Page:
Tuesday, October 21

PITTSFIELD — She's the ingenue of both sex comedies and date movies, and for her next acts, Elizabeth Banks is presidential and pornographic. The 34-year-old actress and Pittsfield native is starring in two films opening this month: In "W.," directed by Oliver Stone, Banks plays first lady Laura Bush, and in Kevin Smith's "Zack and Miri Make a Porno," she plays a chick who tries to pay off her debts by shooting a homemade dirty movie with her buddy.

"W." opened in theaters Friday, and "Zack and Miri" opens Oct. 31.

Banks is a veteran of almost 40 films and television shows. Her career gained momentum in 2002, when she had a small role in Steven Spielberg's "Catch Me If You Can." In 2003, she played the wife of Jeff Bridges' lead character in "Seabiscuit."

But it's "W." that has local movie-goers buzzing at the moment. During a weekend matinee at the Regal Cinemas, audience members at the Berkshire Mall theater could be heard whispering, "She's from Pittsfield!" and "That's her!", when Banks appeared as Laura Bush in the character's first scene.

Banks' range as an actress was evident years ago, when she was a drama student at Pittsfield High School, one of her former teachers said.

"There were depths she revealed at an early age," said Ralph Hammann, who has taught a theater program at the high school since 1976. "I could say to her, 'Liz, take the stage,' meaning, the space is yours. She would know what to do, instinctively."

In a phone interview yesterday, Banks said she's always loved studying people and reading historical fiction. The chance to play the first lady played to both interests.

"When I read the part, I thought, 'This is a drama student's dream come true.' ... Because there's a reality there, and I had to get things right," Banks said.

A learning process came with playing Laura Bush.

"(Laura Bush) is an enigma. I tried to figure out who this woman is," Banks said.

"There were a couple things (I discovered about Laura Bush) that I hung on to for the character," she continued. "I learned that (Laura Bush) felt that her job description was to take care of the emotional and psychological health of the president of the United States. Part of her job was to set aside her own feelings."

Hammann stays in touch with Banks, and says she regularly returns to Pittsfield. When she's home, she visits her high school's drama department.

Banks said what she misses about Pittsfield is "the four seasons."

"Fall is my favorite time of the year," she said. "I miss swimming, canoeing, and jumping off waterfalls in the summer."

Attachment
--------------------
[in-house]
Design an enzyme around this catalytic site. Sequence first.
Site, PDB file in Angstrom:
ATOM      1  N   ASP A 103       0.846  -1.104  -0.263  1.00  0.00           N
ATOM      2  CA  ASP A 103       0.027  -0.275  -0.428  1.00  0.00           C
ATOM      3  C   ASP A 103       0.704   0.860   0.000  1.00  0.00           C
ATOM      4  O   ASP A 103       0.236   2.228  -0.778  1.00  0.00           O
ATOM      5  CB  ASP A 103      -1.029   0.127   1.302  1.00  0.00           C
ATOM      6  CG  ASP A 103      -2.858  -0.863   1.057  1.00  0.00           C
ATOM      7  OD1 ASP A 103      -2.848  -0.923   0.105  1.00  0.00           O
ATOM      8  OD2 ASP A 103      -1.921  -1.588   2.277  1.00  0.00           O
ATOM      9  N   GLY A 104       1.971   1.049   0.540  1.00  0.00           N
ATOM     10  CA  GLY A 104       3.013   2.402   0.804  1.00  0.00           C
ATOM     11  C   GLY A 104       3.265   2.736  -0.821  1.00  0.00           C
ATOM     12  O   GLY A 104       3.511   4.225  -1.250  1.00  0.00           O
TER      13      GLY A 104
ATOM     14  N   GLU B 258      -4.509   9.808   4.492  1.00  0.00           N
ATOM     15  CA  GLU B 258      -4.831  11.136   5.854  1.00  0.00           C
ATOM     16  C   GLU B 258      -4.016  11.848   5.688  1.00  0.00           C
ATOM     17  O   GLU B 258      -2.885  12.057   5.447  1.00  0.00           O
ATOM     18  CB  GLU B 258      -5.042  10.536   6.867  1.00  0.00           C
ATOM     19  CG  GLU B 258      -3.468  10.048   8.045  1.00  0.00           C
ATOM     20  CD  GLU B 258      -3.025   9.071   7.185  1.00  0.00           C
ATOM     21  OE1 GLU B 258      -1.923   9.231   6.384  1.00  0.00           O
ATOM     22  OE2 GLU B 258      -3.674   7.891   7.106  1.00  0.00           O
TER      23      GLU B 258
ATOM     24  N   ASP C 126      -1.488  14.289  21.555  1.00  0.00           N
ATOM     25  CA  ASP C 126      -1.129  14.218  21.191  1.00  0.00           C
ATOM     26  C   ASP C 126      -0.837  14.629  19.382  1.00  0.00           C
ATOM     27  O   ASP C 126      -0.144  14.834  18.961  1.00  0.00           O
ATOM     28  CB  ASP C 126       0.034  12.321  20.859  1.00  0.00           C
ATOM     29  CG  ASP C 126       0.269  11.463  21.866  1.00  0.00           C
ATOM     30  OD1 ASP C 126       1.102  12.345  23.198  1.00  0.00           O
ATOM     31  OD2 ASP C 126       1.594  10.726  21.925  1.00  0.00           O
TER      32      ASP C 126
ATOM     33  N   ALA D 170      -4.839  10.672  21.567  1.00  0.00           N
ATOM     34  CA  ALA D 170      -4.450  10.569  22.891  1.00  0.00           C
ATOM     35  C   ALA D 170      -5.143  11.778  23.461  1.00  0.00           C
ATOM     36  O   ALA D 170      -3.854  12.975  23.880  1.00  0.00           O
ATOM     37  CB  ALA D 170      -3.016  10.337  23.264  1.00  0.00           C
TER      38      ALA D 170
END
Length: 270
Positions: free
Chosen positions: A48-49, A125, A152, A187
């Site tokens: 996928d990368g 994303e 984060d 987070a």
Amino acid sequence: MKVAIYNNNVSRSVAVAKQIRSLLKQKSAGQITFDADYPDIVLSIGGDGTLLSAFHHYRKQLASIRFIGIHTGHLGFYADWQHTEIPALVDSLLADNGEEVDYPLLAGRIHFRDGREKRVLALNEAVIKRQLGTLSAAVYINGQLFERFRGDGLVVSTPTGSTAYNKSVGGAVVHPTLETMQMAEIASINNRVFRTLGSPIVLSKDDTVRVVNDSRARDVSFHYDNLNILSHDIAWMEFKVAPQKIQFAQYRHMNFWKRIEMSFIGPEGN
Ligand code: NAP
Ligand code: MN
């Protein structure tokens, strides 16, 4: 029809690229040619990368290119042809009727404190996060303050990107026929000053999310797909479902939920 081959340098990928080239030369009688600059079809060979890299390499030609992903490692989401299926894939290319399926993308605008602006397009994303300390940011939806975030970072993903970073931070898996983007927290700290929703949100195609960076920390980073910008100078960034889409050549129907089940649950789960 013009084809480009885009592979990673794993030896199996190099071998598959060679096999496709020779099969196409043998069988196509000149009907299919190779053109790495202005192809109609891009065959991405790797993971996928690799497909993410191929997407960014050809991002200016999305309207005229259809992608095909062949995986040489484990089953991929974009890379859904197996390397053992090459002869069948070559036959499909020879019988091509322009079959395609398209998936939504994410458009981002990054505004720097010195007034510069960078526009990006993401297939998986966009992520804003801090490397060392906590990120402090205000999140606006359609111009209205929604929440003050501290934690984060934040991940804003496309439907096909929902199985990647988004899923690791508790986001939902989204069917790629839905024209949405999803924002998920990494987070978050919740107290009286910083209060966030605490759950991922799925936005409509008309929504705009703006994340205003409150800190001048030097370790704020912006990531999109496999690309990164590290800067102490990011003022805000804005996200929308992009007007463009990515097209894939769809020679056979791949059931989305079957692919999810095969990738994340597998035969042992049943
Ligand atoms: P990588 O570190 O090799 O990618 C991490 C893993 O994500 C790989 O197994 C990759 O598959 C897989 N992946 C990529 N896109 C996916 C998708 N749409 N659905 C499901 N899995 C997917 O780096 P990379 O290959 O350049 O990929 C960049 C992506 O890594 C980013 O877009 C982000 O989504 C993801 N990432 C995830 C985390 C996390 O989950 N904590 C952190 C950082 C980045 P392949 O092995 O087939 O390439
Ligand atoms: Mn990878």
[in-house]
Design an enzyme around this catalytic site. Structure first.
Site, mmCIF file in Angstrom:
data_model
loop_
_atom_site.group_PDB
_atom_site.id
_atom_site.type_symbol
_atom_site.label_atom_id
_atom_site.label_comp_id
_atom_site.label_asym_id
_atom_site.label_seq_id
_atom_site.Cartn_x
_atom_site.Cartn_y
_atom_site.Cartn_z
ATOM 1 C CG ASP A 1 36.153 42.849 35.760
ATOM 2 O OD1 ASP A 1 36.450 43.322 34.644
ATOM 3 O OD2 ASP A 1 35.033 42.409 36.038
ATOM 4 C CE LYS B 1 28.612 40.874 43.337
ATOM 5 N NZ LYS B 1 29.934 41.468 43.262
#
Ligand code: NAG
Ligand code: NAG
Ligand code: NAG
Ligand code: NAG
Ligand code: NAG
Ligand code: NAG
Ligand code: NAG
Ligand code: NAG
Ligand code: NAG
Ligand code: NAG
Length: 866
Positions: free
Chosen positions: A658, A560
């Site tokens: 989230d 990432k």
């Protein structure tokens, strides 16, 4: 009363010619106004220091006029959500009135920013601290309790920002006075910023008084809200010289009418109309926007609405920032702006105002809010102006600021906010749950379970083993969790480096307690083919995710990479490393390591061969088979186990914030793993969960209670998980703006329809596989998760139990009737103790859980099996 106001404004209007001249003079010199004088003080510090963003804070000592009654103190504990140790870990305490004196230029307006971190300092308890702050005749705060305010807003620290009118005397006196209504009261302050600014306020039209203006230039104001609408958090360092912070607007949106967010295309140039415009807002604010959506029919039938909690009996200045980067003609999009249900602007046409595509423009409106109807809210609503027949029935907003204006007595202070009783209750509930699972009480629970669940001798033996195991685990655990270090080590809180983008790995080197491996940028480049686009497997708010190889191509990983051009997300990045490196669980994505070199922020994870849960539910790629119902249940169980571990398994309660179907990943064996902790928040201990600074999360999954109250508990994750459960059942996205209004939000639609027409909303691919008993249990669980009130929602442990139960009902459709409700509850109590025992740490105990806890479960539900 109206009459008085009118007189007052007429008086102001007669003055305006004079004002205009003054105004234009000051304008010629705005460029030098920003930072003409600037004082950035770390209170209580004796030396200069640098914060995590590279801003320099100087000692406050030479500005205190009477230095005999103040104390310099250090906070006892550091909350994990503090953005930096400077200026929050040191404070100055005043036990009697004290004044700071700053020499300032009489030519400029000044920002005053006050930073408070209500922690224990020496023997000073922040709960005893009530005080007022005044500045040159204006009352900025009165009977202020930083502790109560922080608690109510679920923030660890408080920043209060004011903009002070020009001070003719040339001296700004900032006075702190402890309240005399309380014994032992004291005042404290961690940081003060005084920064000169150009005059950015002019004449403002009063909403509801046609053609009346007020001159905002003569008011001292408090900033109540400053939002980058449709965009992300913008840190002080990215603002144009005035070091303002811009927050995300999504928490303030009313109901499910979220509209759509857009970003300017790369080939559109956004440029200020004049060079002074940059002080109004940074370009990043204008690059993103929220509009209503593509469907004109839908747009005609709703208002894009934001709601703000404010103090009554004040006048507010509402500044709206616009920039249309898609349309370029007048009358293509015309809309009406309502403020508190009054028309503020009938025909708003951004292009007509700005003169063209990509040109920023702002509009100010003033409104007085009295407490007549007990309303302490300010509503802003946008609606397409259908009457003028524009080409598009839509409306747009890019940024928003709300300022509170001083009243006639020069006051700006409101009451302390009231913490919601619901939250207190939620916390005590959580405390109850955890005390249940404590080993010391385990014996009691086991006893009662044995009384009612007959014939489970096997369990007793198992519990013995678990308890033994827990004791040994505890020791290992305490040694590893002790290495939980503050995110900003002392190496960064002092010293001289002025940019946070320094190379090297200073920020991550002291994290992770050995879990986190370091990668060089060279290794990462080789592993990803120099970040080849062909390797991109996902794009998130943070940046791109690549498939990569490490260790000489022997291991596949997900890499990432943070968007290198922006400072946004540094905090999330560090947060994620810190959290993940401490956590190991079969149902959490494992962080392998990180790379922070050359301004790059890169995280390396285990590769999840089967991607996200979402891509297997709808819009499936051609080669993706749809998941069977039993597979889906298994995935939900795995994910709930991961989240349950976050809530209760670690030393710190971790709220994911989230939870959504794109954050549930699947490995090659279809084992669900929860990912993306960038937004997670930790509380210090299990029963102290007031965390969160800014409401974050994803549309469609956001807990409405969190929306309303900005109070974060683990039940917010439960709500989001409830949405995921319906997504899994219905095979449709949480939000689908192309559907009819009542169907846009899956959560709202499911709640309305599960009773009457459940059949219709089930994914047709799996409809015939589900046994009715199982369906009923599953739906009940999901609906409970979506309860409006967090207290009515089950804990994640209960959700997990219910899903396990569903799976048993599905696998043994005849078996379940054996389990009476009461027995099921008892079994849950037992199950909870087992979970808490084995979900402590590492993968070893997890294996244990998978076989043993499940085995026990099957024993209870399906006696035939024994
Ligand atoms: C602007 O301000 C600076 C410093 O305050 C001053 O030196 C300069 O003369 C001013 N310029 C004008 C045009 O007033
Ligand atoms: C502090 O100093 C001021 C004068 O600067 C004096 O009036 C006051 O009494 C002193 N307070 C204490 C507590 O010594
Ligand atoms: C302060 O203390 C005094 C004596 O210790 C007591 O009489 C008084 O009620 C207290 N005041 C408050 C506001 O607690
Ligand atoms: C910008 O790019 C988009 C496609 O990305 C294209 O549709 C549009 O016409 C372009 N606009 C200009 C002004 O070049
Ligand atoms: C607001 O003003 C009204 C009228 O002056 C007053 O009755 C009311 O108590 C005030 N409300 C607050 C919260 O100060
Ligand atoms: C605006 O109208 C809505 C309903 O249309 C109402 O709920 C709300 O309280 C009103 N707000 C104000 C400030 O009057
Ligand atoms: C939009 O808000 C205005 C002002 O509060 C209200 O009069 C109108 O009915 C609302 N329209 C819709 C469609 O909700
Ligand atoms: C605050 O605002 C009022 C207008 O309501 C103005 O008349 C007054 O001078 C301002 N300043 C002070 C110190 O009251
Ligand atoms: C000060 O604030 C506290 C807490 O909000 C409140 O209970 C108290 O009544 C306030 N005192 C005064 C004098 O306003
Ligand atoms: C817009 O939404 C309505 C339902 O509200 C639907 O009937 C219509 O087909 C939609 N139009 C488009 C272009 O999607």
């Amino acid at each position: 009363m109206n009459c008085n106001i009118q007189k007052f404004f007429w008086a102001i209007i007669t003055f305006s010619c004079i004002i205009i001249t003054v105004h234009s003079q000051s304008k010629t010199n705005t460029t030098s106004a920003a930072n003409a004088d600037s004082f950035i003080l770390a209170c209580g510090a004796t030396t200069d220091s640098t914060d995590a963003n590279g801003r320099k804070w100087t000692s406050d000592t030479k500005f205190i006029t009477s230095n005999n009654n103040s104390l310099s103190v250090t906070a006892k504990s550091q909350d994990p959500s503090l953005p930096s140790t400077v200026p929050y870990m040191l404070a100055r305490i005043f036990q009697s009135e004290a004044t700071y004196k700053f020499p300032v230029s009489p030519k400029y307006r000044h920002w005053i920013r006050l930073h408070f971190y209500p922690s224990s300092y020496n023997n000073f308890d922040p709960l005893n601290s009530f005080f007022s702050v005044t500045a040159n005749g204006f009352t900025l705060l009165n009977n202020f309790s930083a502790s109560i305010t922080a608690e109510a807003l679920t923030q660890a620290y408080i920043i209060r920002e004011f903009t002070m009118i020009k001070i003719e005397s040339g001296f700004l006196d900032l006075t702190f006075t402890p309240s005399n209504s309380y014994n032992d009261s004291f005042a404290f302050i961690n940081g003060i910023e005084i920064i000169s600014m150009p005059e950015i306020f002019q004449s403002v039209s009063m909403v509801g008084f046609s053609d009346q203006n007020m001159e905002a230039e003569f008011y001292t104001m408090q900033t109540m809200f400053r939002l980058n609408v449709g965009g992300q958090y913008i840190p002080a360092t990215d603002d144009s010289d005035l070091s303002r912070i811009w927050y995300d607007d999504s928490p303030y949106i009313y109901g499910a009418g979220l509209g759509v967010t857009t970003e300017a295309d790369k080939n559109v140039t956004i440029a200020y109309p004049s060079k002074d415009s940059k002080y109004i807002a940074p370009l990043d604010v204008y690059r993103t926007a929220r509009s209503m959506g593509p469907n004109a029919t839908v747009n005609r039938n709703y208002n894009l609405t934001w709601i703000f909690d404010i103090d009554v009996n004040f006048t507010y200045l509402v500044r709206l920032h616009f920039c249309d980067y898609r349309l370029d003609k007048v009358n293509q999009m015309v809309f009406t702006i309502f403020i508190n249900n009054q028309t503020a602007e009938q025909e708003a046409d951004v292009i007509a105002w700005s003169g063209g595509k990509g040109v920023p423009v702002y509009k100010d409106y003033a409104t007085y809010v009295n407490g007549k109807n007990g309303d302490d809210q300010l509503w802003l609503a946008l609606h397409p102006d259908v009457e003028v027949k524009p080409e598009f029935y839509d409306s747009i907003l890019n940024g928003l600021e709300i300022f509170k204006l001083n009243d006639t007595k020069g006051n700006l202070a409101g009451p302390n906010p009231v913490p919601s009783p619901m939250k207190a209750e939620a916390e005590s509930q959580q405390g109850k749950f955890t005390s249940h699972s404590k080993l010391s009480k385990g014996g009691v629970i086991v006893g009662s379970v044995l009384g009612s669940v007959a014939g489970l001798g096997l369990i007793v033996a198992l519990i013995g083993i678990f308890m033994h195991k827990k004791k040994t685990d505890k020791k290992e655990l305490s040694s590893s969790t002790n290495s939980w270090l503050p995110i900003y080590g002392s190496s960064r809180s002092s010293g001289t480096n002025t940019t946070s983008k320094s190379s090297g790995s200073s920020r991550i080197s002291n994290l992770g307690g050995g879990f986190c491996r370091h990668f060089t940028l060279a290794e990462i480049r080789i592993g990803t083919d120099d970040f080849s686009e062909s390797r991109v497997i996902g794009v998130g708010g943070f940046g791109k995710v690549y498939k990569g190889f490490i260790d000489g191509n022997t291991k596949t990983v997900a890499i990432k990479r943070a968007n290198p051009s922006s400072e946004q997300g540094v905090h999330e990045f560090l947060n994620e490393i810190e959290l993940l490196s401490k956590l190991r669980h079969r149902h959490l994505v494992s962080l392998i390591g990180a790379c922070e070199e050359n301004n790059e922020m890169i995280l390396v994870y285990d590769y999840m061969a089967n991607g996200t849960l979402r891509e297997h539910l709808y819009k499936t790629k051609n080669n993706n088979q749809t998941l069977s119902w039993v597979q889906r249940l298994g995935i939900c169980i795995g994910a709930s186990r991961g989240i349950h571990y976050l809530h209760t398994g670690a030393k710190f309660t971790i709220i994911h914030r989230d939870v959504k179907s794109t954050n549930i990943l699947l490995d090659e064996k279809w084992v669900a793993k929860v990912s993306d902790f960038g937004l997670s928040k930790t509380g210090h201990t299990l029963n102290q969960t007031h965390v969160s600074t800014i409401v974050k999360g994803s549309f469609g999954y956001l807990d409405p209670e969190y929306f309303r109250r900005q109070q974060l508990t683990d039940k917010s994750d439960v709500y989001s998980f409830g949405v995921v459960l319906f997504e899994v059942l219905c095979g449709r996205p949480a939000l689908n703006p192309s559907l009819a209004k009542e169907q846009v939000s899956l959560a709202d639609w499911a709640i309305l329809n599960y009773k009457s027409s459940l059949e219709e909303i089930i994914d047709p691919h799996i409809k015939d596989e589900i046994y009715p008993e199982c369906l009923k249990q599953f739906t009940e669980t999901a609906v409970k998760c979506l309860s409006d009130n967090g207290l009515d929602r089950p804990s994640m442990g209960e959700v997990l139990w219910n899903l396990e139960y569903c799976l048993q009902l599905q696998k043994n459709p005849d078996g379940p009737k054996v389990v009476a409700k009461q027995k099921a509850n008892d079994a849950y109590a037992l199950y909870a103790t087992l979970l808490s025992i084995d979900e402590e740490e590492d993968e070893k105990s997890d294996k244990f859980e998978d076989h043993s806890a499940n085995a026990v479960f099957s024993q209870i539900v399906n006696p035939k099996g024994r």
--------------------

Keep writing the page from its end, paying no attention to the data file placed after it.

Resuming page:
She said she also misses the "french fries at Patrick's Pub."

Hammann has a lasting image of the young actress, then known by her birth name, Elizabeth Mitchell, taking command of the female lead in the school's 1991 production of the musical "Man of La Mancha."

Banks played the dual role Aldonza/ Dulcinea, the "earthy slattern" who appears, to the hero Don Quixote's demented eyes, as a virginal angel, Hammann said.

Even when the unexpected happened, Banks stayed in character; during one performance in the steaming-hot theater, someone opened the smoke vents to let in some cool air.

"And then we had a thunderstorm, and it was raining onstage," Hammann said.

The stage set included risers set at precarious angles, and there were puddles forming. Banks was unfazed.

"She didn't miss a single step," Hammann marveled.

Hammann added that his former protégé's wholesome beauty has caused her to be "typecast to a degree," and sometimes her intelligence is overlooked.

"I think as she gets more roles people will discover how much there is to her," Hammann said.

In a recent Associated Press interview, Banks admitted that she "always felt like a character actor in a leading lady's body."

Indeed, her co-star in "Man of La Mancha" remembers Banks as an actress with "a billion characters at her disposal.

"What makes me proud is her fearlessness," said Scott Wichmann, 35. "She shifts gears between comedy and drama, and she's not afraid to look goofy."

Wichmann graduated Pittsfield High School in 1991, a year before Banks. Now working as a stage actor in the Henley Street Theater Company in Richmond, Va., Wichmann said he was thrilled by his classmate's meteoric rise.

"The other day, in the span of one hour, I saw (television) ads for three different movies (Banks) was starring in," he said, referring to "W.," "Zack and Miri," and the upcoming screwball comedy "Role Models."

Banks' father, Mark Mitchell, said his daughter may never have taken to the stage or screen had it not been for a bad accident during a softball game.

When young Liz was a middle school student at Reid, she broke her leg in two places sliding into third base, Mitchell said.

"Before that, she was more into sports than acting," he said, during a telephone interview from his home on Brown Street, where Banks grew up. Mitchell, 59, works in Pittsfield.

Banks recalled that incident, too: "I broke my leg and I couldn't play sports. I found out they were doing 'Jesus Christ Superstar' (at Reid). I got to play Pontius Pilate, because I could wear a robe over my walking cast."

Mitchell and Banks' mother, Ann, separated years ago; they were divorced in the 1990s. Ann also has a home on Brown Street.

Mitchell described his daughter as someone who worshipped superstar artists like Madonna, and loved attention.

"Early on, we all knew we had a star," he said.